“I am excited to co-direct this consortium because of the opportunity to look at rare single gene causes of autism and developmental delay,” says Joseph Buxbaum, PhD, Director of the Seaver Autism Center and Administrative Director of the Consortium.  “We will be able to plan the best ways to treat individuals with these mutations and develop novel medicines for the disorders.  A deeper understanding of the shared biological underpinnings of these rare diseases may also serve as a window to our understanding of the broader mechanisms of ASD and ID.”

In addition to the NIH and the Icahn School of Medicine at Mount Sinai, the consortium includes Boston Children’s Hospital, Cincinnati Children’s Hospital, Cleveland Clinic, Rush University Medical Center, Stanford University, University of Alabama at Birmingham, University of California at Los Angeles and University of Texas at Houston.

About the Seaver Autism Center for Research and Treatment at Mount Sinai
The Seaver Autism Center for Research and Treatment at Mount Sinai conducts progressive research studies aimed at understanding the multiple causes of autism spectrum disorders (ASD).  The multidisciplinary team is comprised of experts in the fields of genetics, molecular biology, model systems, neuroimaging and experimental therapeutics who are dedicated to discovering the biological causes of ASD.  The Center strives to develop innovative diagnostics and treatments for integration into the provision of personalized, comprehensive assessment and care for people with ASD.  The Seaver Autism Center was founded through the generous support of the Beatrice and Samuel A. Seaver Foundation.  For more information, visit www.seaverautismcenter.com or find the Seaver Autism Center on Facebook and Twitter.

About the Mount Sinai Health System
The Mount Sinai Health System is an integrated health system committed to providing distinguished care, conducting transformative research, and advancing biomedical education. Structured around seven member hospital campuses and a single medical school, the Health System has an extensive ambulatory network and a range of inpatient and outpatient services—from community‐based facilities to tertiary and quaternary care.

The System includes approximately 6,600 primary and specialty care physicians, 12‐minority‐owned free‐standing ambulatory surgery centers, over 45 ambulatory practices throughout the five boroughs of New York City, Westchester, and Long Island, as well as 31 affiliated community health centers. Physicians are affiliated with the Icahn School of Medicine at Mount Sinai, which is ranked among the top 20 medical schools both in National Institutes of Health funding and by U.S. News & World Report.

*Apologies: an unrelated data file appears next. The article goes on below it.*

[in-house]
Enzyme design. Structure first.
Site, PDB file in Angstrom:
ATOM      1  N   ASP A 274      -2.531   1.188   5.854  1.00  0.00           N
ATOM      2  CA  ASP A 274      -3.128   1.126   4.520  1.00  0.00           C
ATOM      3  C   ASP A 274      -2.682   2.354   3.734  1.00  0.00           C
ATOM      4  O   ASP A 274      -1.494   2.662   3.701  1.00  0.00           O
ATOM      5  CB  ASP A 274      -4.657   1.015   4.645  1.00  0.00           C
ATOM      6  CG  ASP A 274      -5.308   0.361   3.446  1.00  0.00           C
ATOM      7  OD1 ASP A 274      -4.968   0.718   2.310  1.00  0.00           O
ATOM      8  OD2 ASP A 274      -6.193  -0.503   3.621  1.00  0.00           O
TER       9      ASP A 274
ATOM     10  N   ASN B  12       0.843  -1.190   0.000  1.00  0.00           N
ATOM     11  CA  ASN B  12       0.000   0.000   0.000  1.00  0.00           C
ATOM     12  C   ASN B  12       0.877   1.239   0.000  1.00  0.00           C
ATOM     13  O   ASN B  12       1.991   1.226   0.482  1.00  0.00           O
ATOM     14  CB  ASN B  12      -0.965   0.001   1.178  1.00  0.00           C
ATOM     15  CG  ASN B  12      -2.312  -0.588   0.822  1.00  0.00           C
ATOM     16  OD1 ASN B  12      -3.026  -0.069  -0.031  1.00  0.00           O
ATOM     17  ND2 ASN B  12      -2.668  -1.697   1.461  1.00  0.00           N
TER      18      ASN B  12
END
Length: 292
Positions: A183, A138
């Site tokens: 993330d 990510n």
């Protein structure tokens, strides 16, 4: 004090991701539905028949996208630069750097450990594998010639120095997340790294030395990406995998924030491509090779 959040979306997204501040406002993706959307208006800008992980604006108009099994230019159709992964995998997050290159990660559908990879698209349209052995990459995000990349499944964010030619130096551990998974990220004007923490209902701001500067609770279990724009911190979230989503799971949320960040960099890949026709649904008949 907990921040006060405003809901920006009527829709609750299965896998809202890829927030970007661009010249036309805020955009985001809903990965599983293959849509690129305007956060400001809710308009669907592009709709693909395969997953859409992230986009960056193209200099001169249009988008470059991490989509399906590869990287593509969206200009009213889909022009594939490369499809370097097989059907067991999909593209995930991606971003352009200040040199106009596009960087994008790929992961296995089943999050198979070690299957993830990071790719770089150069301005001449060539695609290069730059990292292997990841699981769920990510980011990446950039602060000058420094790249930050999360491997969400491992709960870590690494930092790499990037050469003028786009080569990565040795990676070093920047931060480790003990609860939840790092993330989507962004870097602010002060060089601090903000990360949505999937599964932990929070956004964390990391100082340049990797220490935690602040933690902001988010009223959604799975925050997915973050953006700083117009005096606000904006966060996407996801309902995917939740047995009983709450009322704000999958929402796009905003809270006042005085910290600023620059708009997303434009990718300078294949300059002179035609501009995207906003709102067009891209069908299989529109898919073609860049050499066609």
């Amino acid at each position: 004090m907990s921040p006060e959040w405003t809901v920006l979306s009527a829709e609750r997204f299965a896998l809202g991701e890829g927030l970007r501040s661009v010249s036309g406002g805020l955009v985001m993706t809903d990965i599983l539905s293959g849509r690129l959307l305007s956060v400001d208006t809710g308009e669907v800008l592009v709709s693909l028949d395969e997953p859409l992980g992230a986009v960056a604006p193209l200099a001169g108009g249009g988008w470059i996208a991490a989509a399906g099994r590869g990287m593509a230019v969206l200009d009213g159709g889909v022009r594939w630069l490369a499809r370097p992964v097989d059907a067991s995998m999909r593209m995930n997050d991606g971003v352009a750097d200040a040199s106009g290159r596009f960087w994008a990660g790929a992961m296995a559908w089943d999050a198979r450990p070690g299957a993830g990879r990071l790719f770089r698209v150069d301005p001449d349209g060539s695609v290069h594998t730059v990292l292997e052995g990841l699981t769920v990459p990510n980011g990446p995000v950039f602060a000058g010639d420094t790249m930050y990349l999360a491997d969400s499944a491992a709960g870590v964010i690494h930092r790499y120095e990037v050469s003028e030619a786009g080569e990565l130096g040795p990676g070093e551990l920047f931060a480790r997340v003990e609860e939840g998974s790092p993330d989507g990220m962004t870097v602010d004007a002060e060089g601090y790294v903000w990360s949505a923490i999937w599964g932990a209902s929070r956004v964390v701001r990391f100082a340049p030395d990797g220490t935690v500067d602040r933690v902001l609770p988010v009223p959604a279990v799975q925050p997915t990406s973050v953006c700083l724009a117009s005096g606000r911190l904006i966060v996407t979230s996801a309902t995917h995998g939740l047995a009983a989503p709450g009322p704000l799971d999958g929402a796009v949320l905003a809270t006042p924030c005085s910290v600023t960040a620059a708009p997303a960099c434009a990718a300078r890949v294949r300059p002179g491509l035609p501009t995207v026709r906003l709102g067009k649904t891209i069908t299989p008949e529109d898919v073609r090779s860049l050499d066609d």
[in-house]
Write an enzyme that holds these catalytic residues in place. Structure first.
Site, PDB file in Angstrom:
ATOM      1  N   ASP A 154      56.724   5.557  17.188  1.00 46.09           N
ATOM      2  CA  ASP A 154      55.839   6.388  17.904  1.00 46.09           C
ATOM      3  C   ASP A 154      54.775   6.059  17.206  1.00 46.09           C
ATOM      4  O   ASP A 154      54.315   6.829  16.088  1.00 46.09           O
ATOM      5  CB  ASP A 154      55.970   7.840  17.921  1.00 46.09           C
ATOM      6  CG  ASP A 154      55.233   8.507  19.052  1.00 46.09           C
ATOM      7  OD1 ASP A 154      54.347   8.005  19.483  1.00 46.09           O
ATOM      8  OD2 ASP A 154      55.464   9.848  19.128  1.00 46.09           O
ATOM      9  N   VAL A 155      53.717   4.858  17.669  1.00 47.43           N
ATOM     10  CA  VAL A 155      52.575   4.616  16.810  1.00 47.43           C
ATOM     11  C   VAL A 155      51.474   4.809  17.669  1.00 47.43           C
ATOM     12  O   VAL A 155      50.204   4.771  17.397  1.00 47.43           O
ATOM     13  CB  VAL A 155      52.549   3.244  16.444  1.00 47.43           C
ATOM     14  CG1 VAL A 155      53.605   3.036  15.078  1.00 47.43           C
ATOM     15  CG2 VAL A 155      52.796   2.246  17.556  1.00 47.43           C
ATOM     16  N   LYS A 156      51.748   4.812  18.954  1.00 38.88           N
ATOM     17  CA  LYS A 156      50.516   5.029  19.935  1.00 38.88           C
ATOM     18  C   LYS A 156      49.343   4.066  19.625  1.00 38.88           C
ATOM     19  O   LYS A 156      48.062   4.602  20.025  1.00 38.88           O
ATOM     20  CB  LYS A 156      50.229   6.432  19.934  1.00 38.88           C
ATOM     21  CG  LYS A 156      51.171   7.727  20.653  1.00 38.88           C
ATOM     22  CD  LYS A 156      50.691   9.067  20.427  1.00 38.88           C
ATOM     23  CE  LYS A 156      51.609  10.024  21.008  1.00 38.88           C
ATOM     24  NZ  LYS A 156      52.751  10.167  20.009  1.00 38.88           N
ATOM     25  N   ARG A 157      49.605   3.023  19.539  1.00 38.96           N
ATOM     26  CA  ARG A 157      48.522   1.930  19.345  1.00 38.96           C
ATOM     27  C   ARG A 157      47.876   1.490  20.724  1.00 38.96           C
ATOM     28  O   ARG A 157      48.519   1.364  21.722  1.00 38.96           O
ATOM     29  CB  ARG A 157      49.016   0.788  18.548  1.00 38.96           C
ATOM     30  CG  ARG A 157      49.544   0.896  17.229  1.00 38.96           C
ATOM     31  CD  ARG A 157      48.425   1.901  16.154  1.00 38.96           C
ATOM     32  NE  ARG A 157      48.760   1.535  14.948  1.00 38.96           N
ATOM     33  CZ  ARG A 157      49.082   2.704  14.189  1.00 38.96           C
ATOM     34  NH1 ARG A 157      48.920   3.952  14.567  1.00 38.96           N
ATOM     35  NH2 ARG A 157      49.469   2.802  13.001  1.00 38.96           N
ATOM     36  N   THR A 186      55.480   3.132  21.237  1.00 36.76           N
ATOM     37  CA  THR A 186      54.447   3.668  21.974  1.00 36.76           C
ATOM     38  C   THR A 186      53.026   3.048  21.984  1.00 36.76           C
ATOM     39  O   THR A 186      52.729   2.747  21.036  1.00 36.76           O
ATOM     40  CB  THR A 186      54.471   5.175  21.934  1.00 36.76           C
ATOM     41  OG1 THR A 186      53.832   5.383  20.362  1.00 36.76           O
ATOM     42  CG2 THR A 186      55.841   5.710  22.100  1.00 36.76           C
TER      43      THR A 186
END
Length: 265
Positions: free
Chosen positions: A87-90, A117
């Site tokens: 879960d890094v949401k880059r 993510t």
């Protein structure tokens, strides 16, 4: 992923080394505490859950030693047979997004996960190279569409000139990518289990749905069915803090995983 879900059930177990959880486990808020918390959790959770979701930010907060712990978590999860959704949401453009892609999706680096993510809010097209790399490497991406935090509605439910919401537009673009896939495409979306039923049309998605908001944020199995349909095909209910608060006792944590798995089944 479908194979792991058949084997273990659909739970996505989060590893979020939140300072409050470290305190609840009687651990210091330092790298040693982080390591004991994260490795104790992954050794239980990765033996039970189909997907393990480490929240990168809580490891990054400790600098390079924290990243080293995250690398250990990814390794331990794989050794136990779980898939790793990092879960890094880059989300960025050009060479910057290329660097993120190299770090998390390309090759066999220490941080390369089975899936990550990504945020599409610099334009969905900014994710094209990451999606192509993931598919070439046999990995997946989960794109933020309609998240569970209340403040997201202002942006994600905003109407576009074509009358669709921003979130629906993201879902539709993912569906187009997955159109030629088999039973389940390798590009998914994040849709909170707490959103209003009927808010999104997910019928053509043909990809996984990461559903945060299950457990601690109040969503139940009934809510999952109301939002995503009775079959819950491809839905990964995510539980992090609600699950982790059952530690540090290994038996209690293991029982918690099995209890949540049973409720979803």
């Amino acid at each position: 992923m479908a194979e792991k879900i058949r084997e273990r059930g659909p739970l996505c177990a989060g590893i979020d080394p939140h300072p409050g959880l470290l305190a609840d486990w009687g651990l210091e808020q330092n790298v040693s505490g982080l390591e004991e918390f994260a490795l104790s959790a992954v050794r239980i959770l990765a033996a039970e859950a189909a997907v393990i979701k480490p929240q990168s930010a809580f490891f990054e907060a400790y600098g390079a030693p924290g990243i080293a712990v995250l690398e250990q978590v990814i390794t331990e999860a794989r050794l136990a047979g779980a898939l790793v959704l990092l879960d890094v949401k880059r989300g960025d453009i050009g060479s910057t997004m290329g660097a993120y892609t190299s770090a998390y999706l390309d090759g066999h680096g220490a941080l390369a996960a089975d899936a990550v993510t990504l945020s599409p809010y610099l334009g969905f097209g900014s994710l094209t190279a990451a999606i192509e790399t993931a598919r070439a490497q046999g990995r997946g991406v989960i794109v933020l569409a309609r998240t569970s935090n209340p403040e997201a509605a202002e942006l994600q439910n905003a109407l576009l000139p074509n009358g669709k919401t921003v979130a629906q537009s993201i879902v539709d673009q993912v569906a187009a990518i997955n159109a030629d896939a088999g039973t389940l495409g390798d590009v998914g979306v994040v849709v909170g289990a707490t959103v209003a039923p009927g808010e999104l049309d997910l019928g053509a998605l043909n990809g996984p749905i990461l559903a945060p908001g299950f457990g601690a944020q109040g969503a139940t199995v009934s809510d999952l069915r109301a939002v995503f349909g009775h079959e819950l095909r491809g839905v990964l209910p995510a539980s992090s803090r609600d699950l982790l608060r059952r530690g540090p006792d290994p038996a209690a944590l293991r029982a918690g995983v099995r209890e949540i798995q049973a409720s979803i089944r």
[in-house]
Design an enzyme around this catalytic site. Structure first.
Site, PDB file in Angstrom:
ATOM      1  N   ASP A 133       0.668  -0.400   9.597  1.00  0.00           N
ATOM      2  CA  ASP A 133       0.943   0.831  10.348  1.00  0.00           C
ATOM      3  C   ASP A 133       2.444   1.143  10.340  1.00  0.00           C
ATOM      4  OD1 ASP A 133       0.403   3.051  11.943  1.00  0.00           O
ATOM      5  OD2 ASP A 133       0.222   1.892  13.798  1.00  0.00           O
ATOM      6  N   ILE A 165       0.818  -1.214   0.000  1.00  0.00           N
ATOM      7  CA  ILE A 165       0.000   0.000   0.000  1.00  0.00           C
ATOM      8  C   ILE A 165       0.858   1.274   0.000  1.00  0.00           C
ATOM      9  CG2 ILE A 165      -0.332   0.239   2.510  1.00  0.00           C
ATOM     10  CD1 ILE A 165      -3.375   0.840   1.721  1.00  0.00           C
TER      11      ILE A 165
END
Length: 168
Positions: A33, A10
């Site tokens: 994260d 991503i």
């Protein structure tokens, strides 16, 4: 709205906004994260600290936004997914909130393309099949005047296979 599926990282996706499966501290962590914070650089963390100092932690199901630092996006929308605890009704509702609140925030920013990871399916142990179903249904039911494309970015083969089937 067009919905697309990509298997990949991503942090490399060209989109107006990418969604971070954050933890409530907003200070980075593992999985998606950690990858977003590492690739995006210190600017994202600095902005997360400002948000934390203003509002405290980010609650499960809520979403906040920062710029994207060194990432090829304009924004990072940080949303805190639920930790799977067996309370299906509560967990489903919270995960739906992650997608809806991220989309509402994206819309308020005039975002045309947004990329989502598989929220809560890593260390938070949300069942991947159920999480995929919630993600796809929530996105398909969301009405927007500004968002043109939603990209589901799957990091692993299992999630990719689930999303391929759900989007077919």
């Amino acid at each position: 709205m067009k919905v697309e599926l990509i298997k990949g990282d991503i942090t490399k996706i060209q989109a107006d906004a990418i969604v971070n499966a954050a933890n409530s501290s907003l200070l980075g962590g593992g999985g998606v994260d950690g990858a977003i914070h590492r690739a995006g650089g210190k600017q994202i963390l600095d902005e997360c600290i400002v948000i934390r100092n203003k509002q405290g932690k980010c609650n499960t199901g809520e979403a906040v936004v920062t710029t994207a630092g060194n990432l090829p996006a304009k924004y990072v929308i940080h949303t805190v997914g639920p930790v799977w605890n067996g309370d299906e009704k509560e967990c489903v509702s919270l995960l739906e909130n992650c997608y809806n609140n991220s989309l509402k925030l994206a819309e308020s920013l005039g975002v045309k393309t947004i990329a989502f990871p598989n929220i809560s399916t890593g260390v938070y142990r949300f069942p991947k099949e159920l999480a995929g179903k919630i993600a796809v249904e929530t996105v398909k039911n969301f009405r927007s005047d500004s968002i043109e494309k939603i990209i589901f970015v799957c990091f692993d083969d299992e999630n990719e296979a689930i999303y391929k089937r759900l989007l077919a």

For more information, visit http://www.mountsinai.org, or find Mount Sinai on FacebookTwitter and YouTube.

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New Shank3 Gene Research

Recently there has been an increase in the volume of research devoted to the SHANK3 gene mutation as a cause of autism spectrum disorders (ASD). Below we have compiled a selection of these recent studies.

Shank mutant mice as an animal model of autism: This review describes the effect of the Shank family of proteins on autism.

Transcriptional and functional complexity of Shank3 provides a molecular framework to understand the phenotypic heterogeneity of SHANK3 causing autism and Shank3 mutant mice: Through analysis of Shank3 mutant mice, the authors of this study demonstrate the complexity of Shank3 transcriptional regulation in mouse brains. Their analyses show that different Shank3 isoforms have different functions, and thus distinct dysfunctions in transcriptional regulation of Shank3 cause phenotypic diversity. They predict the same applies to patients with ASD.

Seizures and EEG pattern in the 22q13.3 deletion syndrome: Clinical report of six Italian cases: Through a close study of six Italian patients with 22q13.3 deletion syndrome/Phelan-McDermid Syndrome, this analysis found the syndrome in a small subgroup to be associated with childhood epilepsy and a peculiar clinical and EEG pattern.

Sensory Integration in Mouse Insular Cortex Reflects GABA Circuit Maturation: The authors of this study compared the development of multisensory integration in the insular cortex of “behaviorally distinct mouse strains.” The findings of this study help to explain significant a neural circuit important for neuropsychiatric conditions, such as autism and schizophrenia.

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New Grant Award to Study Effects of Shank3 Deficiency

The Seaver Autism Center has recently received a grant award from the National Institute of Mental Health to study the effects of Shank3 deficiency. The project will be led by Dr. Joseph Buxbaum, Director of the Seaver Autism Center, and is titled “Prefrontal function in the Shank3-deficient rat: A first rat model for ASD.” The studies that comprise this project will lead to a molecular and systems level understanding of Shank3 function and will identify molecular targets for novel therapeutics in developmental delay and ASD using a first genetically modified rat model for ASD.